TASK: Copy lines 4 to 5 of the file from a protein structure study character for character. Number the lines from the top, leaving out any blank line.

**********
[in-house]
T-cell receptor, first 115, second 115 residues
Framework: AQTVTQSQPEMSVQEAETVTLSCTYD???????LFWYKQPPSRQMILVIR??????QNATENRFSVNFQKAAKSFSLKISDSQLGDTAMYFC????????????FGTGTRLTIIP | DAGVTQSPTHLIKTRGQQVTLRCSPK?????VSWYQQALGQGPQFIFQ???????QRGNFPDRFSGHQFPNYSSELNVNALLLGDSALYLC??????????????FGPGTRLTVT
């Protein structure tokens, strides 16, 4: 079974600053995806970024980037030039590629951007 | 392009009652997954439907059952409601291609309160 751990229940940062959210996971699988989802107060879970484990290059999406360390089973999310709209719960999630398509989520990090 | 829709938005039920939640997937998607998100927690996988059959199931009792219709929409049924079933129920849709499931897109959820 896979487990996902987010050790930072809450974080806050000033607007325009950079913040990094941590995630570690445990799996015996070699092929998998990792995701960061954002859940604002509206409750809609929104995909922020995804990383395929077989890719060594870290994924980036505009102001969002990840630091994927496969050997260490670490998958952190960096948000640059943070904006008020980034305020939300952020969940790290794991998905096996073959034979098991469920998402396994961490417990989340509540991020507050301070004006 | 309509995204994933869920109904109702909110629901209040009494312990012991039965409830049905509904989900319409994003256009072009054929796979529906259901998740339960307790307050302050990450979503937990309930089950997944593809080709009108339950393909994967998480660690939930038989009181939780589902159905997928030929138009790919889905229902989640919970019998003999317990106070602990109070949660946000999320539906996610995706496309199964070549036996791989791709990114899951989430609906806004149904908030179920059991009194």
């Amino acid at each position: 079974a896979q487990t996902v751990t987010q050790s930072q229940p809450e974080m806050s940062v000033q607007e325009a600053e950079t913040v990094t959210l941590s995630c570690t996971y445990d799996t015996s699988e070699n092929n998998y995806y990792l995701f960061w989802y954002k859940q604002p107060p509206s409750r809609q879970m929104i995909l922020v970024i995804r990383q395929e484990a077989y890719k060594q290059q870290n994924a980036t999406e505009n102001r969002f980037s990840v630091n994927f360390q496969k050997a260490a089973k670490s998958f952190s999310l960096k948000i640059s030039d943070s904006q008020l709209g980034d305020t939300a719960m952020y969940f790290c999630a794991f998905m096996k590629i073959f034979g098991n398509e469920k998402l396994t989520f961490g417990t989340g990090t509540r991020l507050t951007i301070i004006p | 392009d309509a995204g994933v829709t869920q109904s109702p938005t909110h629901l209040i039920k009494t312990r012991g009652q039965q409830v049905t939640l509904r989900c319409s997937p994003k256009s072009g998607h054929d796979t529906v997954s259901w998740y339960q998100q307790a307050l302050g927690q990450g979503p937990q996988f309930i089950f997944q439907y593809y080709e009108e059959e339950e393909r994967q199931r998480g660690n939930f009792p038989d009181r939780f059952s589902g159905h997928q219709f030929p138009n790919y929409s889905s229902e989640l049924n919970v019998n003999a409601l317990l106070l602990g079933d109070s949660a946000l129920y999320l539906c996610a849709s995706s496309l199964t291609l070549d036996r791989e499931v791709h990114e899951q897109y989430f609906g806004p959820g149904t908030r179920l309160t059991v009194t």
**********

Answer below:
């Protein structure tokens, strides 16, 4: 079974600053995806970024980037030039590629951007 | 392009009652997954439907059952409601291609309160 751990229940940062959210996971699988989802107060879970484990290059999406360390089973999310709209719960999630398509989520990090 | 829709938005039920939640997937998607998100927690996988059959199931009792219709929409049924079933129920849709499931897109959820 896979487990996902987010050790930072809450974080806050000033607007325009950079913040990094941590995630570690445990799996015996070699092929998998990792995701960061954002859940604002509206409750809609929104995909922020995804990383395929077989890719060594870290994924980036505009102001969002990840630091994927496969050997260490670490998958952190960096948000640059943070904006008020980034305020939300952020969940790290794991998905096996073959034979098991469920998402396994961490417990989340509540991020507050301070004006 | 309509995204994933869920109904109702909110629901209040009494312990012991039965409830049905509904989900319409994003256009072009054929796979529906259901998740339960307790307050302050990450979503937990309930089950997944593809080709009108339950393909994967998480660690939930038989009181939780589902159905997928030929138009790919889905229902989640919970019998003999317990106070602990109070949660946000999320539906996610995706496309199964070549036996791989791709990114899951989430609906806004149904908030179920059991009194």
């Amino acid at each position: 079974a896979q487990t996902v751990t987010q050790s930072q229940p809450e974080m806050s940062v000033q607007e325009a600053e950079t913040v990094t959210l941590s995630c570690t996971y445990d799996t015996s699988e070699n092929n998998y995806y990792l995701f960061w989802y954002k859940q604002p107060p509206s409750r809609q879970m929104i995909l922020v970024i995804r990383q395929e484990a077989y890719k060594q290059q870290n994924a980036t999406e505009n102001r969002f980037s990840v630091n994927f360390q496969k050997a260490a089973k670490s998958f952190s999310l960096k948000i640059s030039d943070s904006q008020l709209g980034d305020t939300a719960m952020y969940f790290c999630a794991f998905m096996k590629i073959f034979g098991n398509e469920k998402l396994t989520f961490g417990t989340g990090t509540r991020l507050t951007i301070i004006p | 392009d309509a995204g994933v829709t869920q109904s109702p938005t909110h629901l209040i039920k009494t312990r012991g009652q039965q409830v049905t939640l509904r989900c319409s997937p994003k256009s072009g998607h054929d796979t529906v997954s259901w998740y339960q998100q307790a307050l302050g927690q990450g979503p937990q996988f309930i089950f997944q439907y593809y080709e009108e059959e339950e393909r994967q199931r998480g660690n939930f009792p038989d009181r939780f059952s589902g159905h997928q219709f030929p138009n790919y929409s889905s229902e989640l049924n919970v019998n003999a409601l317990l106070l602990g079933d109070s949660a946000l129920y999320l539906c996610a849709s995706s496309l199964t291609l070549d036996r791989e499931v791709h990114e899951q897109y989430f609906g806004p959820g149904t908030r179920l309160t059991v009194t």